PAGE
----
Not to be confused with the American comedy of the same name, Tag is a Sion Sono movie that is as typically mad as a Sion Sono movie can be. It has at least one very interesting idea at the heart of it all, and the wild set-pieces hold your interest, but this is a film that I fractured viewing experience that I can easily see people disliking, despite the fact that I really enjoyed it.
Things start with a clip that many people will already have seen, even if they're unaware of the fact that it's from this movie. Mitsuko (Reina Triendl) is just one of many schoolgirls sitting in a coach as it travels along a road. The atmosphere is calm and dreamy. Mitsuko bends down to pick up her dropped writing implement, and that is when an invisible force cuts the entire bus in half, having just done the same to the bus just ahead. There's metal and bisected bodies everywhere, and Mitsuko is understandably shocked as she tries to figure out what happened. While escaping the carnage, the force seems to follow her, taking out other people while Mitsuko does her best to avoid it. She then gets to her school, where more strangeness occurs. She is then a bride (and has the name Keiko, and is played by Mariko Shinoda). More strangeness occurs. She is then a runner in a marathon (Izumi, played by Erina Mano). Something dangerous seems to be pursuing every one of her identities, even as she tries to figure out what is going on and just who she really is.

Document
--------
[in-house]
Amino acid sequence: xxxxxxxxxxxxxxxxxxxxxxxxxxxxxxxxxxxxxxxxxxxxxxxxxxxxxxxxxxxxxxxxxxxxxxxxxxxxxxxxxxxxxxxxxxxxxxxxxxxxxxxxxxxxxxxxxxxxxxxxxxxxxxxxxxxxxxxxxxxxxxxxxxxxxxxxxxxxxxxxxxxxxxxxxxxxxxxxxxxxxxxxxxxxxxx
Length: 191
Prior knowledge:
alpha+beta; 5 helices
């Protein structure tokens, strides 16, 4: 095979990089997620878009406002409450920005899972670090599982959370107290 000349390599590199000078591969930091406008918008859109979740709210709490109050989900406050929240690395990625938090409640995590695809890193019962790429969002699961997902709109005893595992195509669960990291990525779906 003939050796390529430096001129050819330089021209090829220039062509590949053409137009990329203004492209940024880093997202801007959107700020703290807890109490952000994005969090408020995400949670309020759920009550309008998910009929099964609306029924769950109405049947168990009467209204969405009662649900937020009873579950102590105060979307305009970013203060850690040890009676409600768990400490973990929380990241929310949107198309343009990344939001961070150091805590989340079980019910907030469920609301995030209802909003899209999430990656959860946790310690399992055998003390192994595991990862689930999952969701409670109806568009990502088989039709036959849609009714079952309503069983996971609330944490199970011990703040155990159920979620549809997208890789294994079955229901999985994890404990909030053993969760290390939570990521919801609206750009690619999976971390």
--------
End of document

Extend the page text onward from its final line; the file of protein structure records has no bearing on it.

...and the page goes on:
Based on a short story by Yûsuke Yamada, Sion Sono wrote and directed this with his usual mix of slick visuals and unflinching approach to more extreme moments. The gore is infrequent, but it's a huge bloody mess when you see it (and you do get to see it), the madness stops completely when characters get together to discuss some of the ideas being proposed as explanations for the strange events, and there's a transition between each main segment that allows viewers to clearly see the lead changing identities. The whole film does a great job of mixing the perplexing, the disorentating, and the more grounded moments. It may be a head-scratching viewing experience, at times, but that's only keeping viewers close alongside Mitsuko/Keiko/Izumi as she tries to figure everything out.
Triendl does well in her role, as do both Shinoda and Mano, but it's worth singling out Yuki Sakurai for some special praise. She plays Aki, a girl who is always there as a friend to the main character. But sometimes Aki seems oblivious to what is about to unfold, and sometimes she seems to know a lot more than our lead. Whatever her sense of the situation, Sakurai plays her perfectly throughout every main sequence.
Although it feels very much like a throwaway film, any attempt to add some logic comes along too late and I'm still not sure it really makes any sense, I still had a blast with Tag. It ultimately didn't matter to me how things ended anyway, as I was enjoying thinking about the various possible explanations that might have been used. I recommend this, even though many may view it as a lesser Sono flick.
You can buy the movie here.